Pandemic anxiety meets ‘main character’ energy. Andrea Bonior, a licensed clinical psychologist and host of the new podcast “Baggage Check,” is also hesitant to panic.
“I don’t want to say the sky is falling, because the vast majority of people are behaving themselves,” she says.
Bonior believes social media plays a huge role shaping how we perceive unruly tourists. Thanks to the speed of the internet and our unquenchable thirst for content, “when this bad behavior happens, we hear about it more,” she says. “Twenty-five years ago, if someone did anything boneheaded, it wouldn’t spread to millions of people.”
However, Bonior says that since the pandemic started, we’re more anxious, our threat response is heightened and we’re more sensitive to what we see as threats and slights. That’s resulted in “diminishing civility and increased coarseness in our culture,” she says. Travelers are lashing out, but the examples span into movie theaters, on Broadway and in concert venues.
Some of this wild behavior may also be influenced by the promise of going viral. On a more subtle level, social media can also inspire a “main character” mind-set, Bonior says.
“There’s an element of being the star of your own story,” Bonior says. “It’s a different mind-set than if you go travel somewhere and experience it as a passive observer.”
Steves says it’s been impacting his tours. He’s had to pause small concerts to tell his groups to stop recording on their phones. “Otherwise everybody’s going to be ignoring the music and jockeying for a good angle to get their selfie,” he says. “They’re not paying attention. They’re not in the moment. They’re missing the beauty of it.”
Sedgman agrees, adding that we’re incentivized to turn our lives — and our travels — into content. Facebook, Twitter, Instagram and TikTok turned travel into social currency. Seeing a place as just a pretty post can distort the complicated reality.
Bonior recalls a recent viral TikTok video of a woman complaining that her trip to Italy’s Amalfi Coast was not as social media had promised. Getting to the famous destination required much more effort — flights, trains, ferries and hauling one’s suitcase up nearly 200 steps — than influencers made it appear.
“Travel by definition is complicated and effortful and sometimes stressful, but I think in our culture we want the sound bite, we want the one perfect Instagrammable shot,” Bonior says.
The ‘Game of Thrones’ effect. Until 2015, the Jesuit Stairs in Dubrovnik were just another beautiful example of Baroque architecture in the Croatian city. Then came the global HBO hit “Game of Thrones.”
Specifically, there was an episode of Season 5 that featured Cersei Lannister subject to a nude “walk of shame” down the Jesuit Stairs through Dubrovnik old town. Since the episode aired, fans have flocked to the landmark to re-create the scene, sometimes going so far as to strip in the process. It’s a disruptive nightmare for the neighborhood. There’s bell-ringing, people throwing objects at the shame-ee.
“They get pretty drunk and go around screaming ‘shame,’” says Dubrovnik tour guide Ivan Vukovic. “The people who live in the area have post traumatic shame disorder.”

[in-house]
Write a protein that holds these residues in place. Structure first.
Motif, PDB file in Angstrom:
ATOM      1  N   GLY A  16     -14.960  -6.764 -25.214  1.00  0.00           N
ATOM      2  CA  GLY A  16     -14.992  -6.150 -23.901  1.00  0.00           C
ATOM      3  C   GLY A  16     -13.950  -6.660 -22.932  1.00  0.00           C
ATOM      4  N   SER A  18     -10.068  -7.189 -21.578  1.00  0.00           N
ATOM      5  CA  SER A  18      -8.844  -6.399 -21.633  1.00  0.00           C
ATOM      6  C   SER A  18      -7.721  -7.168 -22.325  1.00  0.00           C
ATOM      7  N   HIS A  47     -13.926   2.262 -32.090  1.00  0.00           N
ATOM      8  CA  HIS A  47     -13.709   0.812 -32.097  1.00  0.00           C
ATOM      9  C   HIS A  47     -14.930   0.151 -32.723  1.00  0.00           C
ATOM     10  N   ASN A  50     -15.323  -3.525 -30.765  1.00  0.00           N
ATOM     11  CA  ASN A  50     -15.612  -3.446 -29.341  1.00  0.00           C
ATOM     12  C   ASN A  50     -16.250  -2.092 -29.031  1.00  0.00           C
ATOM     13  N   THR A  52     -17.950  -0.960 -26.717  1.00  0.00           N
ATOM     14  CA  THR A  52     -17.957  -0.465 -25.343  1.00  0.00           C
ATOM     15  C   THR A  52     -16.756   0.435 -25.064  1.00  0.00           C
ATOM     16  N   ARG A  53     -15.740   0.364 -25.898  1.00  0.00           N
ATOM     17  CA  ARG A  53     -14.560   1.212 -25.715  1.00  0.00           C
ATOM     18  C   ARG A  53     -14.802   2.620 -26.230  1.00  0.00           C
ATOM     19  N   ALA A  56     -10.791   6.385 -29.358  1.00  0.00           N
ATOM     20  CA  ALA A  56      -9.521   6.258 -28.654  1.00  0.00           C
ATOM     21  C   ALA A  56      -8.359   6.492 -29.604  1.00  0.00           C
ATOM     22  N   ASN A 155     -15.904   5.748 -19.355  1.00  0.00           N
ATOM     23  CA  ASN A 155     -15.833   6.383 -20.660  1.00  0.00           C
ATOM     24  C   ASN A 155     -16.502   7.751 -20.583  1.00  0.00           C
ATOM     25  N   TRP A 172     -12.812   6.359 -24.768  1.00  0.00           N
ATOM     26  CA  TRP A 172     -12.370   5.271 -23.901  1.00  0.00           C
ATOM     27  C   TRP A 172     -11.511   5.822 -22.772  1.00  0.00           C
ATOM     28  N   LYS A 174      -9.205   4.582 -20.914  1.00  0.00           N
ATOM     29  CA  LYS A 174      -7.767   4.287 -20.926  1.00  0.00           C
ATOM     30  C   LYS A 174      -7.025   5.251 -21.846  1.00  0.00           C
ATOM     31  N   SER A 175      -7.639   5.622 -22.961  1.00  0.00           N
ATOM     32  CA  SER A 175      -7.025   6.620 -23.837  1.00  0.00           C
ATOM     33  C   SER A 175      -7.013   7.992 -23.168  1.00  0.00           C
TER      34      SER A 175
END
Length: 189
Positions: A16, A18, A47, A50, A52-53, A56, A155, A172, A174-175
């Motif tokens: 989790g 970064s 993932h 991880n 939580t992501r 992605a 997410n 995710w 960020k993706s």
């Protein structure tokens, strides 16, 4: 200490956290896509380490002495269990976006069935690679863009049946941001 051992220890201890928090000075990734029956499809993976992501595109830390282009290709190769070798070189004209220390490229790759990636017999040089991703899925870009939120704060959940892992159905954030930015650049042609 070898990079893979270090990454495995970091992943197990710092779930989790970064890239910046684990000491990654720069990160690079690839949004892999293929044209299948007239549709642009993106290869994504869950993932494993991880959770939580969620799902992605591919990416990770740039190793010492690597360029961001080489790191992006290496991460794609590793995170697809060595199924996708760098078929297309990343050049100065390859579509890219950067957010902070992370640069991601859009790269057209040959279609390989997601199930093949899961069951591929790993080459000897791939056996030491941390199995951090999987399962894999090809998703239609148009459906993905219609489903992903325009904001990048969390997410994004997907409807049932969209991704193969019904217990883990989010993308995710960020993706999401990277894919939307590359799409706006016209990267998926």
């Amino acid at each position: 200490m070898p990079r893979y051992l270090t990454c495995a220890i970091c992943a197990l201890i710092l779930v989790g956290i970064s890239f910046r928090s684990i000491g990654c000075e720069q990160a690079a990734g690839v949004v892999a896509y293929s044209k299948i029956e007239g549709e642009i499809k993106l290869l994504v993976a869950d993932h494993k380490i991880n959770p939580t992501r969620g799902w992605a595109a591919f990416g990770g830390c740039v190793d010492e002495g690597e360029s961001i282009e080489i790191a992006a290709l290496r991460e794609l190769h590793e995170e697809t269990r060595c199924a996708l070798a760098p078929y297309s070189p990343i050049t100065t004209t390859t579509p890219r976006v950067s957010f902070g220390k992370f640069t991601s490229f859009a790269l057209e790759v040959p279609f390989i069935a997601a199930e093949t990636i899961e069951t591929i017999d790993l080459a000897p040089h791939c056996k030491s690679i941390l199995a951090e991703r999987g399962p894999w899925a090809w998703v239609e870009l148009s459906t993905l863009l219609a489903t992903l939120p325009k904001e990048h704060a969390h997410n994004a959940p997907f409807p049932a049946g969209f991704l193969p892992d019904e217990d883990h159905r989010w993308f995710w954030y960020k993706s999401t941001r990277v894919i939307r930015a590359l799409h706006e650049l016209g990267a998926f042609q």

Vukovic believes Dubrovnik has successfully curbed some of the public nuisances through recent media campaigns. He sees posters around the city and online ads about proper etiquette. A new animated film about appropriate behavior plays on Croatia Airlines flights, in the Dubrovnik Airport and in cruise terminals, he says.
And unlike nearby Split or the Spanish island of Ibiza, Vukovic says Dubrovnik has never marketed itself as a party destination. Instead, they’ve advertised their desirability “for the food, for the culture and the sea and the sun,” and, more recently, for their “Game of Thrones” filming locations. “It’s branding … it takes time.”
Anti-boorish campaigns. National governments, tourism boards and citizen watchdogs are throwing various efforts at the wall to discourage tourist misbehavior.
So far, nothing has been as dramatic as China’s 2015 attempt at an “uncivilized behavior” list that the China National Tourism Administration promoted to stop its own citizens from embarrassing the country abroad.
In Bali, however, the government is promoting better tourist behavior by teaching dos and don’ts displayed via QR code at the airport. Indonesian authorities are also deporting bad actors and have announced plans to ban access to sacred places. Even Amsterdam is tightening marijuana and alcohol laws and reducing hours for restaurants and brothels. A “Stay Away” ad campaign targeted at British bachelor parties warns against public intoxication.
Because the global travel industry is only expected to keep growing, Levine isn’t convinced tourist conduct will get better anytime soon.
“There will be more ugly travelers,” he says. “There’s no force that I can see that will magically turn this around.”
Steves hopes the efforts don’t come at too great a cost to the majority of travelers who do behave.
“You need to have smart safeguards, but we need to have public access to the cultural wonders of this world,” he says. “And that comes with a small and steady risk that bad people will do bad things — it’s a price worth paying.”